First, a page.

Physicians and staff members have constant access to smartphones, tablets and computers, which are supposed to make them more efficient. But Richtel reported instances of "a neurosurgeon making personal calls during an operation, a nurse checking airfares during surgery and a poll showing that half of technicians running bypass machines had admitted texting during a procedure."
Dr. Peter J. Papadakos, director of critical care at the University of Rochester (N.Y.) Medical Center, told Richtel: "You walk around the hospital, and what you see is not funny ... My gut feeling is lives are in danger."
Business owners and associations have, for years, quietly been trying to come up with workplace rules that will allow them to get a full day's work from their employees, while not infuriating those same employees who are accustomed to having their cell phones always turned on. It's another case of the horse having long ago escaped from the barn, and leaving the door wide open.
In the days before cell phones, if business owners had been asked to allow their employees to install personal phone lines and use the phones whenever they wished, it would have sounded like a joke. The owners would have said: Of course not. This is work.
But, in the wireless era, it happened almost before anyone noticed. In Lewiston, Idaho, Peggy Hayden, a writer for the business section of the Lewiston Tribune, surveyed business owners in north-central Idaho and southeastern Washington. Many reported a "Get off the phone!" policy.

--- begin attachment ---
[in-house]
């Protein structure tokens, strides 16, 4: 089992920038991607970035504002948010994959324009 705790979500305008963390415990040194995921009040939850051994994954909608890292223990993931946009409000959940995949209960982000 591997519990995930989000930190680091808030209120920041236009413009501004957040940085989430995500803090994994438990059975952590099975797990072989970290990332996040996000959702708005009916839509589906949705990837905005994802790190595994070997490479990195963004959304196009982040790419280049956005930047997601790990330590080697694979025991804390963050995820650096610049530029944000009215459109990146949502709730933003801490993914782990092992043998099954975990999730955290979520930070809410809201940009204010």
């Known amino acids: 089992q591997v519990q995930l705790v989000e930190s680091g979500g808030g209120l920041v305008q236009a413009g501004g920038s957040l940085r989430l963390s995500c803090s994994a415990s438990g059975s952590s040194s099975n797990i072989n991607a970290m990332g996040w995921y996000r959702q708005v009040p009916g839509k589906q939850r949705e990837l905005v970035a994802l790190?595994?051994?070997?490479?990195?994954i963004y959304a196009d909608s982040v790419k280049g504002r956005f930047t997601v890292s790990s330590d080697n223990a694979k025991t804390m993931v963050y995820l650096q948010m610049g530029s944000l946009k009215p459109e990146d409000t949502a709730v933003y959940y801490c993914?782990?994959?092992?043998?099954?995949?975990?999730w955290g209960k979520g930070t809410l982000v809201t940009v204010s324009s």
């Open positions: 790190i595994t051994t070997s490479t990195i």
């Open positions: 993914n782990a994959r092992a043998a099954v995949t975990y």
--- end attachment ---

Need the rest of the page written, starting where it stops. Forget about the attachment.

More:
"It's not what I am paying them for," Derek Weinmann, a food store manager, told Hayden for her story. He said cell phone use on company time was simply not allowed. Restaurant operator Bruce Finch told Hayden: "Employees should leave their phones in their cars, or they can leave them in a basket in the manager's office." James Nash, spokesman for a manufacturing firm, said signs are posted telling employees that cell phones are not permitted on the factory floor.
(But what about bosses around the country who call or text employees on their cell phones after the employees have gone home for the day, or the weekend? Shouldn't this cut both ways? If cell phones and personal calls are banned at work, shouldn't employers be expected to provide overtime payment to their employees for work-related calls made, and text messages sent, to them after business hours?)
The NTSB is committed as can be about the push to outlaw cell phones in cars. "The time to act is now," said chairman Hersman. "How many more lives will be lost before we, as a society, change our attitudes about the deadliness of distractions?"
Plenty of lives, undoubtedly. But the NTSB is likely to fail in its effort. That horse that escaped from the barn is galloping down the road. Past miles and miles of cars whose drivers are in the middle of phone calls, confident that they -- if not the other guy -- can easily handle it.
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The opinions expressed in this commentary are solely those of Bob Greene.